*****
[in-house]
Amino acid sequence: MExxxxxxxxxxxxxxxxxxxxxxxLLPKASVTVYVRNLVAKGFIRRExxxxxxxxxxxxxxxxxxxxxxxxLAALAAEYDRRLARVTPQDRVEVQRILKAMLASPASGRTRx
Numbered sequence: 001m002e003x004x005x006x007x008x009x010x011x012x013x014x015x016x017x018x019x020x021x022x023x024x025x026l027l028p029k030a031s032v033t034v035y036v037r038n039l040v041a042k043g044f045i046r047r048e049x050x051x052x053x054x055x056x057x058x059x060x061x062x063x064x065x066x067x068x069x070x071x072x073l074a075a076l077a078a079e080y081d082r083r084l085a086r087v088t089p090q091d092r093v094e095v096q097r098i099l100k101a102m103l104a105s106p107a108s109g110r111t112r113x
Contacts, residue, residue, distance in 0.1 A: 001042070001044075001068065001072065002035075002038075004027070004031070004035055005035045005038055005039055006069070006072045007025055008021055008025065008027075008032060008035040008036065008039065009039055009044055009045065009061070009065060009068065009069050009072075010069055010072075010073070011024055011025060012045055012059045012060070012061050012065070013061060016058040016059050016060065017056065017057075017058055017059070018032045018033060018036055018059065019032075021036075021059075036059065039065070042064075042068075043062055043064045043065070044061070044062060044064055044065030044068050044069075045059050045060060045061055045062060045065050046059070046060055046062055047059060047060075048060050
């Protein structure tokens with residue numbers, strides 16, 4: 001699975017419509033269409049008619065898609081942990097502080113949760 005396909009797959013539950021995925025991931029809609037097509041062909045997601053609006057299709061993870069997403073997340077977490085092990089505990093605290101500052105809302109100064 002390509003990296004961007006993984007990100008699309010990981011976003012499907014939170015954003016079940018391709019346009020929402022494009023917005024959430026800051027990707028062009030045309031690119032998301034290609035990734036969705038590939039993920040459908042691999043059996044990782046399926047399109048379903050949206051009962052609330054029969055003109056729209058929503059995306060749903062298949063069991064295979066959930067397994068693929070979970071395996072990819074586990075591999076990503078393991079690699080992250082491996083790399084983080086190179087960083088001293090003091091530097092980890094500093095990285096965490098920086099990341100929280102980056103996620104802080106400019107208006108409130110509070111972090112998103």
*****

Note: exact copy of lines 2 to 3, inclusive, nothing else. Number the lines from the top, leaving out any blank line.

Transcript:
Amino acid sequence: MExxxxxxxxxxxxxxxxxxxxxxxLLPKASVTVYVRNLVAKGFIRRExxxxxxxxxxxxxxxxxxxxxxxxLAALAAEYDRRLARVTPQDRVEVQRILKAMLASPASGRTRx
Numbered sequence: 001m002e003x004x005x006x007x008x009x010x011x012x013x014x015x016x017x018x019x020x021x022x023x024x025x026l027l028p029k030a031s032v033t034v035y036v037r038n039l040v041a042k043g044f045i046r047r048e049x050x051x052x053x054x055x056x057x058x059x060x061x062x063x064x065x066x067x068x069x070x071x072x073l074a075a076l077a078a079e080y081d082r083r084l085a086r087v088t089p090q091d092r093v094e095v096q097r098i099l100k101a102m103l104a105s106p107a108s109g110r111t112r113x